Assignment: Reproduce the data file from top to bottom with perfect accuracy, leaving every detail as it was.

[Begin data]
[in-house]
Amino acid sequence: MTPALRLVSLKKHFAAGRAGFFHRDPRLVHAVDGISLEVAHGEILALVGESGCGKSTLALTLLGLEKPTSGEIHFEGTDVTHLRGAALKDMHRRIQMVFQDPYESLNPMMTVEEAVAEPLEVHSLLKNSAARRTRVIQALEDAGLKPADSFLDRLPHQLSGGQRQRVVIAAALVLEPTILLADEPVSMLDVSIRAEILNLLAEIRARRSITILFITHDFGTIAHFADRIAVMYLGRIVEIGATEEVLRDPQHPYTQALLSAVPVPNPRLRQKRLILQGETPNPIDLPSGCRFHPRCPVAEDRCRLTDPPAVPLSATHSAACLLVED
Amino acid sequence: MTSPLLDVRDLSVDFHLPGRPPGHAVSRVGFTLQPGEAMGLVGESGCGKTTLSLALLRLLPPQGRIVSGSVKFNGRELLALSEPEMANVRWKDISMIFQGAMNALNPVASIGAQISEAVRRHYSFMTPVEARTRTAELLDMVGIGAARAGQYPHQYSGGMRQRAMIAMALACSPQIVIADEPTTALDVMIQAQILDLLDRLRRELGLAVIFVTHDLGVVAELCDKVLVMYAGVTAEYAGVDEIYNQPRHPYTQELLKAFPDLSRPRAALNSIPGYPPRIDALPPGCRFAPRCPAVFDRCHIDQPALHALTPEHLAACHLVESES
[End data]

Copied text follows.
[in-house]
Amino acid sequence: MTPALRLVSLKKHFAAGRAGFFHRDPRLVHAVDGISLEVAHGEILALVGESGCGKSTLALTLLGLEKPTSGEIHFEGTDVTHLRGAALKDMHRRIQMVFQDPYESLNPMMTVEEAVAEPLEVHSLLKNSAARRTRVIQALEDAGLKPADSFLDRLPHQLSGGQRQRVVIAAALVLEPTILLADEPVSMLDVSIRAEILNLLAEIRARRSITILFITHDFGTIAHFADRIAVMYLGRIVEIGATEEVLRDPQHPYTQALLSAVPVPNPRLRQKRLILQGETPNPIDLPSGCRFHPRCPVAEDRCRLTDPPAVPLSATHSAACLLVED
Amino acid sequence: MTSPLLDVRDLSVDFHLPGRPPGHAVSRVGFTLQPGEAMGLVGESGCGKTTLSLALLRLLPPQGRIVSGSVKFNGRELLALSEPEMANVRWKDISMIFQGAMNALNPVASIGAQISEAVRRHYSFMTPVEARTRTAELLDMVGIGAARAGQYPHQYSGGMRQRAMIAMALACSPQIVIADEPTTALDVMIQAQILDLLDRLRRELGLAVIFVTHDLGVVAELCDKVLVMYAGVTAEYAGVDEIYNQPRHPYTQELLKAFPDLSRPRAALNSIPGYPPRIDALPPGCRFAPRCPAVFDRCHIDQPALHALTPEHLAACHLVESES